High Court Clarifies Grove Principle Application in Lidl v 3CL Case

Citation: [2023] EWHC 3051 (TCC)
Judgment on


The High Court of Justice’s recent decision in Lidl Great Britain Limited v Closed Circuit Cooling Limited t/a 3CL presents a detailed examination of the legal principles regarding the enforceability of adjudication decisions under the Housing Grants, Construction and Regeneration Act 1996 (as amended), herein referred to as ‘the Act’. Specifically, the case discusses the scope of the “Grove principle” which governs the conditions under which a party to a construction contract may commence further adjudications after an adjudicator’s decision has been made on a notified sum.

Key Facts

The dispute revolves around Lidl’s framework agreement with 3CL, under which disputes arose concerning interim payments, defects, and delays in work completion. The pertinent points include Lidl commencing two adjudications before complying with an obligation to pay a previous notified sum as established in a separate adjudication (decision no 1). Lidl sought enforcement of a decision (decision no 2) concerning defect-related costs (post-practical completion), and a no-jurisdiction ruling on a decision (decision no 3) related to extensions of time and subsequently claimed liquidated damages for delayed completion.

The central legal principle discussed in the case is the “Grove principle”, derived from the case S&T(UK) Ltd v Grove [2018] EWCA Civ 2448. The principle establishes a hierarchy of obligations under the Act, where the act of undertaking an adjudication to obtain a re-valuation of work is subordinate to the payment provisions in section 111. Colloquially stated, one must “pay now, adjudicate later”, meaning an immediate payment obligation must be met before a party can seek a ‘true value’ decision through adjudication.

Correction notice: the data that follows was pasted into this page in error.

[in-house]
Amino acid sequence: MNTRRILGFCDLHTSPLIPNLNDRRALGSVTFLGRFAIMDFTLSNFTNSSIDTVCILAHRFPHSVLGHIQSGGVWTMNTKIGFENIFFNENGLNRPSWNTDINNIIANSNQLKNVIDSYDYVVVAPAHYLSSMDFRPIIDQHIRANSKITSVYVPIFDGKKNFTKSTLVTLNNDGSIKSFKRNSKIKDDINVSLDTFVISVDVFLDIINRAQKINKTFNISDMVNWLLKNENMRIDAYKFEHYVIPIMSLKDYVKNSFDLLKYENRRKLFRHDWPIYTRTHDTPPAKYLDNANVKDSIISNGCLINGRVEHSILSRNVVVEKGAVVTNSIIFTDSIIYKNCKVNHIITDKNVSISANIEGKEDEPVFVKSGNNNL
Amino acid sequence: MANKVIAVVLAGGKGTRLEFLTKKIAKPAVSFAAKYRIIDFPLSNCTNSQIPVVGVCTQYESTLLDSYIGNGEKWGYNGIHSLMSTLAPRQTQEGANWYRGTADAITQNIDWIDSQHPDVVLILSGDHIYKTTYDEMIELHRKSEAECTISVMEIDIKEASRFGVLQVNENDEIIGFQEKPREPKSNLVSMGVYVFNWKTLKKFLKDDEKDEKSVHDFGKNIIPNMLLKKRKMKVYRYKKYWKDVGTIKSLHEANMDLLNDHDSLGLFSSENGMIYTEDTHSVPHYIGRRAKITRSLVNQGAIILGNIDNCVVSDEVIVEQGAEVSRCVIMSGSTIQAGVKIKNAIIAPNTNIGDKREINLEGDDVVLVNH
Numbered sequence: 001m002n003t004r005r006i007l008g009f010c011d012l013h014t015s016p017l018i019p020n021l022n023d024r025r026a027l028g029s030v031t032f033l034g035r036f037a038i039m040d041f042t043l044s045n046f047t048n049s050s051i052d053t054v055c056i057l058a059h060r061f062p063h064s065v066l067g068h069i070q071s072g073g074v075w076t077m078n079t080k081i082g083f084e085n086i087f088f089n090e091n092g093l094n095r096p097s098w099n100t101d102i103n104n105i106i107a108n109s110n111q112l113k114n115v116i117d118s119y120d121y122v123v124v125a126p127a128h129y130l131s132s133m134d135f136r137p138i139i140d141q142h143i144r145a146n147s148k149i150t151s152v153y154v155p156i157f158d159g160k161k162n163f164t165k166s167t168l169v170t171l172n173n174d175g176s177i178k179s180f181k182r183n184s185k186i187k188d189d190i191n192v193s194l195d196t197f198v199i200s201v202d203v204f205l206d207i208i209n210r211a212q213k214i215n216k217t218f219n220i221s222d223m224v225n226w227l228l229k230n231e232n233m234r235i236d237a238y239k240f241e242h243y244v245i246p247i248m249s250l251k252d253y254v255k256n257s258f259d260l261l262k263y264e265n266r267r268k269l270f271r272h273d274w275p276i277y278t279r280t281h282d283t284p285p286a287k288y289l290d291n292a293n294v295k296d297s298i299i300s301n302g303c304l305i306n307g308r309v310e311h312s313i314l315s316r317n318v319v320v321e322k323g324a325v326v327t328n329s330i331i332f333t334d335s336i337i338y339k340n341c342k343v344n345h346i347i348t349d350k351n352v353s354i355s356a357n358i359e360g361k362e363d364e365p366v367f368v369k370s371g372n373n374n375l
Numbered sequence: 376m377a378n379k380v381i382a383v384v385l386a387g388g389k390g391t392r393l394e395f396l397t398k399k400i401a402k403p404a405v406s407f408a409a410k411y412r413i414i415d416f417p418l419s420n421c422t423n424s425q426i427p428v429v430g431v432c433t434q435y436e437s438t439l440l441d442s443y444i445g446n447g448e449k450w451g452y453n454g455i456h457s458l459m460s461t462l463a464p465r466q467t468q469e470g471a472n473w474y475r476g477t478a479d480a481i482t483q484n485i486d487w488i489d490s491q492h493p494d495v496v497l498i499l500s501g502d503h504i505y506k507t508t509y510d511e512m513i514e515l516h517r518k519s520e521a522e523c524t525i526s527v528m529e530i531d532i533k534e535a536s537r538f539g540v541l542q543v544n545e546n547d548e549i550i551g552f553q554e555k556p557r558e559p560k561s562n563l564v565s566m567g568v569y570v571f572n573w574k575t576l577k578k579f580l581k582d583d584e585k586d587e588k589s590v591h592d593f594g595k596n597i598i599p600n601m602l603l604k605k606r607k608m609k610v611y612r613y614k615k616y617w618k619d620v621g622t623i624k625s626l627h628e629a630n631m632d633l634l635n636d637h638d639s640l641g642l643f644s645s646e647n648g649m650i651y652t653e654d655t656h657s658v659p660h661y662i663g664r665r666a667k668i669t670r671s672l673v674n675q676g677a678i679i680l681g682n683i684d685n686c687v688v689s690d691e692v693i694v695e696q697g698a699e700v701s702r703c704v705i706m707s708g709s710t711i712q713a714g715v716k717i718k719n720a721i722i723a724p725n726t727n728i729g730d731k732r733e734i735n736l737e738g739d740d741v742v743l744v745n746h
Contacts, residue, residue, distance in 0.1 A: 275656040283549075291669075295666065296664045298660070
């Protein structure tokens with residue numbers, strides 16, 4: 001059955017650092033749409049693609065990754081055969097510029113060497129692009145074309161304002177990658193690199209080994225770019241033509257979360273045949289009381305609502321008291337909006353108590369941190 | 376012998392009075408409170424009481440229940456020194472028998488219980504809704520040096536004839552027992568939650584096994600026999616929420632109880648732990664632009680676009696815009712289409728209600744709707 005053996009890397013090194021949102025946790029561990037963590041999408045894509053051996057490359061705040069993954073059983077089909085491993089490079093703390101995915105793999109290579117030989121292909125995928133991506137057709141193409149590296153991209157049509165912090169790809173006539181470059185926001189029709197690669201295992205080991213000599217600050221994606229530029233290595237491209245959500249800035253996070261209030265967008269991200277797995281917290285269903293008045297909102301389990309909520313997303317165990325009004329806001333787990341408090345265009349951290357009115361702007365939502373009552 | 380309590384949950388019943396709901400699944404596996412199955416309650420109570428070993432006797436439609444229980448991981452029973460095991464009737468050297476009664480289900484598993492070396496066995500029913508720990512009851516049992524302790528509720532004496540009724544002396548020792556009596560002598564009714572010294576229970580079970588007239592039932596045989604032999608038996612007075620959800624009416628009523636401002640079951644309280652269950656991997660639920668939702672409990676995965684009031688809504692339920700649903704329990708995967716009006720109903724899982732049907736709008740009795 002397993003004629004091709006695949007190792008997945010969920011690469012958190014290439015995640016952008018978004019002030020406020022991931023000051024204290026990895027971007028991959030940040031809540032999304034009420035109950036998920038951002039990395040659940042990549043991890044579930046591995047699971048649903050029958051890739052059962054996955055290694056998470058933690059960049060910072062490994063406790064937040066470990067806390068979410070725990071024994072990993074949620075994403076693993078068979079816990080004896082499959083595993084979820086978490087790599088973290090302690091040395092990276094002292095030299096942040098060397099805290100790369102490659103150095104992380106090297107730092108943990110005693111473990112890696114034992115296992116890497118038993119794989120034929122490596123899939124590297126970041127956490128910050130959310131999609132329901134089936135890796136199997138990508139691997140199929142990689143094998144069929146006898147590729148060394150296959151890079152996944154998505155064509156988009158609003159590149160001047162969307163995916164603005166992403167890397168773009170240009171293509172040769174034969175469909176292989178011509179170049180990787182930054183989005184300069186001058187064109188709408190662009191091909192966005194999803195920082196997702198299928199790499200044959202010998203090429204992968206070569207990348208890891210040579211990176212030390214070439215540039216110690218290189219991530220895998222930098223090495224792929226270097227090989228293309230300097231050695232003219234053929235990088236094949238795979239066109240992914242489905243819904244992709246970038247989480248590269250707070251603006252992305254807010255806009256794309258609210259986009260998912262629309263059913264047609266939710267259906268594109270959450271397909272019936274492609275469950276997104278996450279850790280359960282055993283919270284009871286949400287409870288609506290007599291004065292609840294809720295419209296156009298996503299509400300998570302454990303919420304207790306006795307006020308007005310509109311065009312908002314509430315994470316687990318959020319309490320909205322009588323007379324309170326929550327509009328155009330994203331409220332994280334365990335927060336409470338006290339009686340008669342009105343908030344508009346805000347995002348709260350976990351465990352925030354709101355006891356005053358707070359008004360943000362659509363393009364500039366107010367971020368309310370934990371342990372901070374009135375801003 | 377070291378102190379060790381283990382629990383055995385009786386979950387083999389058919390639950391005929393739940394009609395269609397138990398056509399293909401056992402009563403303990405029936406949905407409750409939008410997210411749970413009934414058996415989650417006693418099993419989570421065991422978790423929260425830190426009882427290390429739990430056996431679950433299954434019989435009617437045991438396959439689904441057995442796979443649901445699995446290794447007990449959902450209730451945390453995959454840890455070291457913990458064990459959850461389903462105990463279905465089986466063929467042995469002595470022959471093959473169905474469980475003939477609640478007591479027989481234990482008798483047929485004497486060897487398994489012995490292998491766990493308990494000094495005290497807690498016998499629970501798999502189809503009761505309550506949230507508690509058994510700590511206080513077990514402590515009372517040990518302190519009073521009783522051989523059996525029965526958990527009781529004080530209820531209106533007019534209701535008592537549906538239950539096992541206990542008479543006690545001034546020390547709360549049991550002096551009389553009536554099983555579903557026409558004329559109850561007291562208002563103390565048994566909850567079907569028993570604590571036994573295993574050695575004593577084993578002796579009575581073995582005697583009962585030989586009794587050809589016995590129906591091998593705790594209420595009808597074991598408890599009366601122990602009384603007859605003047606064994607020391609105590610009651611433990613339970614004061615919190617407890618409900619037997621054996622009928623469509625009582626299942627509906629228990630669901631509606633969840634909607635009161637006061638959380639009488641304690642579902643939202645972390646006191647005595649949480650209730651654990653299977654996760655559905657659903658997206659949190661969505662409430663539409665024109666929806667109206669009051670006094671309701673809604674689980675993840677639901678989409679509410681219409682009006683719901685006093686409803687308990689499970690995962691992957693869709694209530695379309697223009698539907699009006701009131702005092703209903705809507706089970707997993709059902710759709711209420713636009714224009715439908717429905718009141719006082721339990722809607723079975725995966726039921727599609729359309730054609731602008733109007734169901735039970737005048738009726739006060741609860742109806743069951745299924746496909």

The discussion evolved around the scope of the Grove principle, whether it’s applicable to any adjudications or only to ‘true value’ adjudications closely related to the same payment cycle as the notified sum. The judgment referred to the Act’s prompt payment regime and the right to resolve disputes through adjudication, finding a balance not to excessively constrain the latter by the former.

The distinction between true valuation disputes and other construction contract disputes emerged as vital, with the judge reasoning that the Grove principle must apply to claims which could have been included in a payless notice contextually linked to the notified sum.


The judgment makes clear distinctions in applications of the Grove principle:

  1. For decision no 2, the adjudication’s jurisdiction was upheld partially. The claim relating to defects after practical completion wasn’t subject to the Grove principle, thus allowed. However, parts overlapping with previous payless notices (during the notified sum’s payment cycle) fell under the prohibition, leading to partial enforceability of the decision.

  2. For decision no 3, the adjudication was found to overlap with the previously contested payment cycle in PAY-7. Hence, the adjudicator lacked jurisdiction over the extension of time relating to the disputed payment period.


The case underscores the nuanced approach required to interpret the Act and the Grove principle’s breadth. It reiterates the “pay now, adjudicate later” concept while recognising adjudication’s essential role in construction disputes. The decision brings clarity to the scope of the Grove principle, confirming it pertains not to all valuations but those connected to the context of a specific notified sum payment cycle. This ensures the integrity of the prompt payment regime and respects the adjudicative process outlined in the Act.

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